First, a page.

Advances in low-power-consumption radiofrequency integrated circuits (RFICs), multifunctional integrated circuits, high-sensitivity sensing electrodes, biocompatible materials, and packaging techniques have made implants with wireless communication functionality and/or wireless charging capability more feasible and practical. However, wireless communication or wireless powering has not been widely used in implants. There are several challenges. The implant applications are typically disease oriented and implementation focused. The designs of implants have to address specific needs in the disease diagnosis or treatment modalities, which are strongly related to both electronic and mechanical parameters. The sensing modalities or therapy methods determine the electrical specifications, while the biological environments often present serious design constrains. The implementation has to suit clinical settings for safe, cost-effective, and relatively easy implantation procedures and, most important, the needs and comfort of patients in daily life.
It is obvious that integration of wireless communication functionality in implants can provide critical and increased capabilities in applications. The outbound communication brings sensor signals and device conditions to the reader outside the body. The sensors can monitor physiologic signals, such as blood pressure, intracranial pressure, core temperature, electrical signals of tissue or motility of organs, and biochemical conditions such as pH and certain protein or factor concentrations, of patients in vivo and in real time. In addition, the wireless communication can periodically report device conditions such as battery level, electrical resistance of electrodes, and current/voltage delivered to tissues. The inbound communication can be used for device reconfiguration, dosage setting, and condition probing. Bidirectional communication will be ideal for remote access of the implants, adding capabilities for real-time feedback as an integrated system between body and computer. The wireless closed-loop system also can provide real-time patient condition alerts, patient self-diagnosis using smart phones, and autonomous treatment-efficacy studies over a population of patients.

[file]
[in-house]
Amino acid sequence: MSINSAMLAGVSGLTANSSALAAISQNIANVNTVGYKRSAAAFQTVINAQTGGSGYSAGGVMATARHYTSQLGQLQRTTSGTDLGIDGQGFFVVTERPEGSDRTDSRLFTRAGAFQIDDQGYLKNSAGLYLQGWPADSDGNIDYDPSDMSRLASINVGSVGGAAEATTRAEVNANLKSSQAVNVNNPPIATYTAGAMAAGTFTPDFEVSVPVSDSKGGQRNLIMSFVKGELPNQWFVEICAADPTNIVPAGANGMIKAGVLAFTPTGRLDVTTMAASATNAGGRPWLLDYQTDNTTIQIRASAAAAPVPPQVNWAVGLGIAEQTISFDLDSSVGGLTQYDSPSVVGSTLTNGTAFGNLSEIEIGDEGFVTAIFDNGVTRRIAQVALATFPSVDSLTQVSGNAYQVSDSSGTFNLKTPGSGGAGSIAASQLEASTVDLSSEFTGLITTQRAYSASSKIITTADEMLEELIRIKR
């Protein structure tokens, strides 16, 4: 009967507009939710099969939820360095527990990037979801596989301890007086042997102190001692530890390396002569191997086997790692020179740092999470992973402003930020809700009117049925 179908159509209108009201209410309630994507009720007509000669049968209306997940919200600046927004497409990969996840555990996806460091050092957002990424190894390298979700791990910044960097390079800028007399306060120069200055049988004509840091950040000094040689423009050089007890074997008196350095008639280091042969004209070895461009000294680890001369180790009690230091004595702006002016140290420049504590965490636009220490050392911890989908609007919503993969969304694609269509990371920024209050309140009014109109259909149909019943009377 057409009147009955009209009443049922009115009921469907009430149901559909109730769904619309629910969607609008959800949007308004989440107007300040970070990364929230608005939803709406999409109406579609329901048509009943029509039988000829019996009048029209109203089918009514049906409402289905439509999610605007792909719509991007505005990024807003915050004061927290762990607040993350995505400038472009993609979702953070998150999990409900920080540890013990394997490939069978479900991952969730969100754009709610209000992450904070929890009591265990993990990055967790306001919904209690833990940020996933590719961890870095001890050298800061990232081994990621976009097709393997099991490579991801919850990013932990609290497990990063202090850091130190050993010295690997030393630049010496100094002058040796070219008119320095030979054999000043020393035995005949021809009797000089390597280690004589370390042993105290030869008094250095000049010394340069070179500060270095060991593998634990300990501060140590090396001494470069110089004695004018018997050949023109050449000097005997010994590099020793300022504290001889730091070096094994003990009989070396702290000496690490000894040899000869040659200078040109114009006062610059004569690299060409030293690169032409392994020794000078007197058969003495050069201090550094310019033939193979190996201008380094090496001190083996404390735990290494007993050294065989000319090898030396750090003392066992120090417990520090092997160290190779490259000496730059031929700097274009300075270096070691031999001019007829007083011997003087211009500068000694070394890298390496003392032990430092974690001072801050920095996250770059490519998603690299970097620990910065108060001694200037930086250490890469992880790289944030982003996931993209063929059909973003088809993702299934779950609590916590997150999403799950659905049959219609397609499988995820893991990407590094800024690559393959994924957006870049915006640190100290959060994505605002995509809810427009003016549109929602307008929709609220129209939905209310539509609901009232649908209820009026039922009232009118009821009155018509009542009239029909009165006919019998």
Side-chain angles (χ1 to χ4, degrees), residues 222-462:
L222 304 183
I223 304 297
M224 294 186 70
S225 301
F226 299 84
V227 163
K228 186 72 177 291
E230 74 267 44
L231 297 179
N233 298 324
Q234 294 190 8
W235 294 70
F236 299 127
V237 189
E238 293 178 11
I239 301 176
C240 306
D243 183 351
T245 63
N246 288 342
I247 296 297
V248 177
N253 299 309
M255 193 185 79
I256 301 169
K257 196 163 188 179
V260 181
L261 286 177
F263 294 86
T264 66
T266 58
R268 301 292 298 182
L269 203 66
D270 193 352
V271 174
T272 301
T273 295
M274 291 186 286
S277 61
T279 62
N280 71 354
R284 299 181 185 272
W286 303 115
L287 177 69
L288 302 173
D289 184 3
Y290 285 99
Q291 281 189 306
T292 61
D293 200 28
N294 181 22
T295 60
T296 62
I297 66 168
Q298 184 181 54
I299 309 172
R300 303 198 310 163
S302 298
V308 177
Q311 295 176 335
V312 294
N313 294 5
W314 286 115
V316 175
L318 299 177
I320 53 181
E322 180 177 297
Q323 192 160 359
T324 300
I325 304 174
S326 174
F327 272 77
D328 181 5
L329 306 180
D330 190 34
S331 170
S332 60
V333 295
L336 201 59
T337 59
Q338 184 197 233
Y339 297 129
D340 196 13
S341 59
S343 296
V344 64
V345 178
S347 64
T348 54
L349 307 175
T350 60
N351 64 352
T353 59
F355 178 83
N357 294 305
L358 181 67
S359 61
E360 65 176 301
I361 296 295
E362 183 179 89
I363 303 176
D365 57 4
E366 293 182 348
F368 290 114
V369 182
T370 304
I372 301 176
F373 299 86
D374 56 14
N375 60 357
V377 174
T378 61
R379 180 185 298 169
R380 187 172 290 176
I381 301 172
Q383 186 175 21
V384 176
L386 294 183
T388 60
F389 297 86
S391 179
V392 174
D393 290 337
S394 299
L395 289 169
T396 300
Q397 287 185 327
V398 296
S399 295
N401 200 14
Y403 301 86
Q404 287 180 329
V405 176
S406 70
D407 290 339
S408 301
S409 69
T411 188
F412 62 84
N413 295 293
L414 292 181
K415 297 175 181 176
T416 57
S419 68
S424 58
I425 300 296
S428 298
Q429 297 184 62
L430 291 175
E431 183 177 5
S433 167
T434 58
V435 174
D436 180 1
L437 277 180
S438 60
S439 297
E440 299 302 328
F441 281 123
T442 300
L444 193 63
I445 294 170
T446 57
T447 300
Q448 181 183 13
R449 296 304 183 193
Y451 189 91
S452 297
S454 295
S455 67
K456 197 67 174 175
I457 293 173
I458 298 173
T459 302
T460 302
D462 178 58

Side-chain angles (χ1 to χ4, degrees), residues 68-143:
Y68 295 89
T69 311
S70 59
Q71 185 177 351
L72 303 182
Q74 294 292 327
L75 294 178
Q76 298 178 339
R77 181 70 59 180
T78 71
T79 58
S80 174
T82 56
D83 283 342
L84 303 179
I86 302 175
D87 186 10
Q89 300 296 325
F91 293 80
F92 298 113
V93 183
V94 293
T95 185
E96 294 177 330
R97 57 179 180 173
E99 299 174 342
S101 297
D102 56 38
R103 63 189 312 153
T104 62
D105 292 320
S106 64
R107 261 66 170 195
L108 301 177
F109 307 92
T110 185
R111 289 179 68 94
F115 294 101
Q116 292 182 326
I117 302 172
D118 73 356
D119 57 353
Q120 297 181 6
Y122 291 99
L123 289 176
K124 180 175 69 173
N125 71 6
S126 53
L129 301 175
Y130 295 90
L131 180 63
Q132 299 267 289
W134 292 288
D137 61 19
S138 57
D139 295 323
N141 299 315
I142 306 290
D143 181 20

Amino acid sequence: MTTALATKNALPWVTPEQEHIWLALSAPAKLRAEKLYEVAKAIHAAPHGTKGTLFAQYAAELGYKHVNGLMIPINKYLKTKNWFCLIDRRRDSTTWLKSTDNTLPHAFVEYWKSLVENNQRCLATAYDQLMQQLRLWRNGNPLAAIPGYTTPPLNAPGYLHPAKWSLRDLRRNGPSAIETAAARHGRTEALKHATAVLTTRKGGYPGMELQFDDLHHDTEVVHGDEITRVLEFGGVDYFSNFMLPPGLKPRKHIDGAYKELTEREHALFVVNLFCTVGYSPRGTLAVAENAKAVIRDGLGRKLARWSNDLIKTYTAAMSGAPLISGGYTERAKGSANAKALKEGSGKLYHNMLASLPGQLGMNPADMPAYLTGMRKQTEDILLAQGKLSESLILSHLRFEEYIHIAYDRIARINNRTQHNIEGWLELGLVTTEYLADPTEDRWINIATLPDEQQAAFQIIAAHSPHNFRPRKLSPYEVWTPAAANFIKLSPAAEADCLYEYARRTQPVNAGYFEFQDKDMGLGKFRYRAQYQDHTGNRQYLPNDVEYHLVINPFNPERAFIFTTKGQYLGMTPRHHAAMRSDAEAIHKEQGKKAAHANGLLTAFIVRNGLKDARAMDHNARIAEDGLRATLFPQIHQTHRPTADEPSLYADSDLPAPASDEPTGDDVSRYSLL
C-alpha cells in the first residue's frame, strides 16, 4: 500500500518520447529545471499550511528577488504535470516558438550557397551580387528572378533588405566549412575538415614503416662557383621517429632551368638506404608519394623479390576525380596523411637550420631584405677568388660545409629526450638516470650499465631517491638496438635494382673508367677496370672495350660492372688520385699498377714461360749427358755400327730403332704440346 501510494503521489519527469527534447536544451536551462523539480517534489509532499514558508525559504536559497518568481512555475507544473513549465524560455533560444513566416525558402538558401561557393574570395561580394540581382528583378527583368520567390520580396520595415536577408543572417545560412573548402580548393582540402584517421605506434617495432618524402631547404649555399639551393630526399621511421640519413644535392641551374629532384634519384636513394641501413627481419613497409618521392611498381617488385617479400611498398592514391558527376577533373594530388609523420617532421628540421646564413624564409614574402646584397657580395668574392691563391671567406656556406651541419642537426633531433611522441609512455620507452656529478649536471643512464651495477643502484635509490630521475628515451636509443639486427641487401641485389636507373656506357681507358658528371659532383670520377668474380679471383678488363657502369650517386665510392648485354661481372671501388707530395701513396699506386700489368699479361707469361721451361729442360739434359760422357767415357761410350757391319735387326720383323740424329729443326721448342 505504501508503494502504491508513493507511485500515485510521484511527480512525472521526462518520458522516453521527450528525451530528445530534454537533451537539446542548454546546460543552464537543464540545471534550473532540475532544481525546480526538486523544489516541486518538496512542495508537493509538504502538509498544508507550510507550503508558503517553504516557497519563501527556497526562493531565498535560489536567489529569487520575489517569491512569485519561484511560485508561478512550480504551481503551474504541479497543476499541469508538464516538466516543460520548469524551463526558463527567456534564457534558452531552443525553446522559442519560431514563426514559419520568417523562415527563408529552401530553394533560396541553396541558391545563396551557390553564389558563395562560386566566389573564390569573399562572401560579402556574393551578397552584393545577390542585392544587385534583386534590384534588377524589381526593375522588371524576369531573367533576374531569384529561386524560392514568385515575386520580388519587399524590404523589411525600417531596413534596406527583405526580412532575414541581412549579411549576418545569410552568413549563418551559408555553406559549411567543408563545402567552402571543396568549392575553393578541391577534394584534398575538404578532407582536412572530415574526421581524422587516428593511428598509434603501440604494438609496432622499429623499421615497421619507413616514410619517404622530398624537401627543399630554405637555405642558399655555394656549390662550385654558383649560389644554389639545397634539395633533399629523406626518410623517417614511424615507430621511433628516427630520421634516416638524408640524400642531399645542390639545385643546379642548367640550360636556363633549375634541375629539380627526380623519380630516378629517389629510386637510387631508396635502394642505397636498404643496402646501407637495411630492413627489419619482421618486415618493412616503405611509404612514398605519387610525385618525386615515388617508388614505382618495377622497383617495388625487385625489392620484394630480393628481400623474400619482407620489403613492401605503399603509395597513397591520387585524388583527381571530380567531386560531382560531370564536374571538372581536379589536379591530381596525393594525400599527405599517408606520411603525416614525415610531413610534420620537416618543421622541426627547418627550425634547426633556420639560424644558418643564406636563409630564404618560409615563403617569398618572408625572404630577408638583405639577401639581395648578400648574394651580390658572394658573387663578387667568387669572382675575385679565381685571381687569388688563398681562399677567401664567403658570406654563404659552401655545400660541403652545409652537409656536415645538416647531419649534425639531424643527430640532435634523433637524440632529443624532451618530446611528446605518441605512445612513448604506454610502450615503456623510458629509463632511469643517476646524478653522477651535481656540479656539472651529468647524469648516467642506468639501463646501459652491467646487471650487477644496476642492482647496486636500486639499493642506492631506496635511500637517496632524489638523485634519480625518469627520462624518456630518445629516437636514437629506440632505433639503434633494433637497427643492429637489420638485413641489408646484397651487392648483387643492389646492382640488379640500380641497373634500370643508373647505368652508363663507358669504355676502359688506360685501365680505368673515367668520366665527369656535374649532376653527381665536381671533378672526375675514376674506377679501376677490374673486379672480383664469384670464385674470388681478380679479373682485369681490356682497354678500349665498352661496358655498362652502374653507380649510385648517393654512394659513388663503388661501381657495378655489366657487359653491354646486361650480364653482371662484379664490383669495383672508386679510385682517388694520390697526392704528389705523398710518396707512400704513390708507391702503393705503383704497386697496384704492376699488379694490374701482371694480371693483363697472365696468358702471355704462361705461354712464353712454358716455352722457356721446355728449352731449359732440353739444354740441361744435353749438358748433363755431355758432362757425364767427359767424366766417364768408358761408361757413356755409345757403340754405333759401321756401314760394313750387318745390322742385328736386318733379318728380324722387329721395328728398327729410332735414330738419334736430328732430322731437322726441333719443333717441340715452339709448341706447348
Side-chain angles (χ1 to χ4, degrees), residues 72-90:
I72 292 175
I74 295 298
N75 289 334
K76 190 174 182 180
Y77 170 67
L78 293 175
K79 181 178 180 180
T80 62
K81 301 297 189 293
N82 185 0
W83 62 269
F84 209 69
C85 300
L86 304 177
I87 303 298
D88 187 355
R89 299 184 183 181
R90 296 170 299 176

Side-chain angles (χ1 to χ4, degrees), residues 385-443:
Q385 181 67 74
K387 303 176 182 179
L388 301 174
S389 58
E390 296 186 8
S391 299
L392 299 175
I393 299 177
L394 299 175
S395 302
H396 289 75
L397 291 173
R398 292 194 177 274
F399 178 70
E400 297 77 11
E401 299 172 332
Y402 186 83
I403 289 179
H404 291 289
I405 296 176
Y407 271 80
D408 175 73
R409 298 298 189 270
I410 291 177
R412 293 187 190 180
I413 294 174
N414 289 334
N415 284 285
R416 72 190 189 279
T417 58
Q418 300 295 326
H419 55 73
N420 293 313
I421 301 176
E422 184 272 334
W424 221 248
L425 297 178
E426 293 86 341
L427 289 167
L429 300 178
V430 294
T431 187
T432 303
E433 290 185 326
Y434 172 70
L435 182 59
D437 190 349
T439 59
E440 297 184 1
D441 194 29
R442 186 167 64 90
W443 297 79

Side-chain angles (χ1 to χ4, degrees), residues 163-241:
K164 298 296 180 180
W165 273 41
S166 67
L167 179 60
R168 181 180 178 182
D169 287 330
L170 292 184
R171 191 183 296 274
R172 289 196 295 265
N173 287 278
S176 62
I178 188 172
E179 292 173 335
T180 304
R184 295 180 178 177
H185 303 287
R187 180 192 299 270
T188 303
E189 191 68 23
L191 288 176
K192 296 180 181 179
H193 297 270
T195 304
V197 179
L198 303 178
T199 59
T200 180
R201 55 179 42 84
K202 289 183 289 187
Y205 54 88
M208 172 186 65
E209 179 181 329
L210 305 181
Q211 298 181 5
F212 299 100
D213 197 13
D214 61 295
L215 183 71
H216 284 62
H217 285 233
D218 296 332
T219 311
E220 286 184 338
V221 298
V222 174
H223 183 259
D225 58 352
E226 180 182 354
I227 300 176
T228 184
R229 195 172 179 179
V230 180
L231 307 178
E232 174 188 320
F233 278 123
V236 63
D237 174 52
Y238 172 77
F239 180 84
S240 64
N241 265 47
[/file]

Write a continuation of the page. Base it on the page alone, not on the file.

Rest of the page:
From the perspectives of patients, wireless communication removes the discomfort and inconvenience of tethered wires coming out of the body. Currently, the wires either go through small surgical openings in the body, such as for the extension wire from the head in deep brain stimulation, or an orifice, such as the nostril for stomach stimulation and multichannel intraluminal impedance tests or the urethra for bladder monitoring. The tethered wires connecting to the external electronic device, either a reader or a pulse generator, obviously bring some inconvenience to patients and sometimes pain, and they often limit patient mobility, hindering quality of life.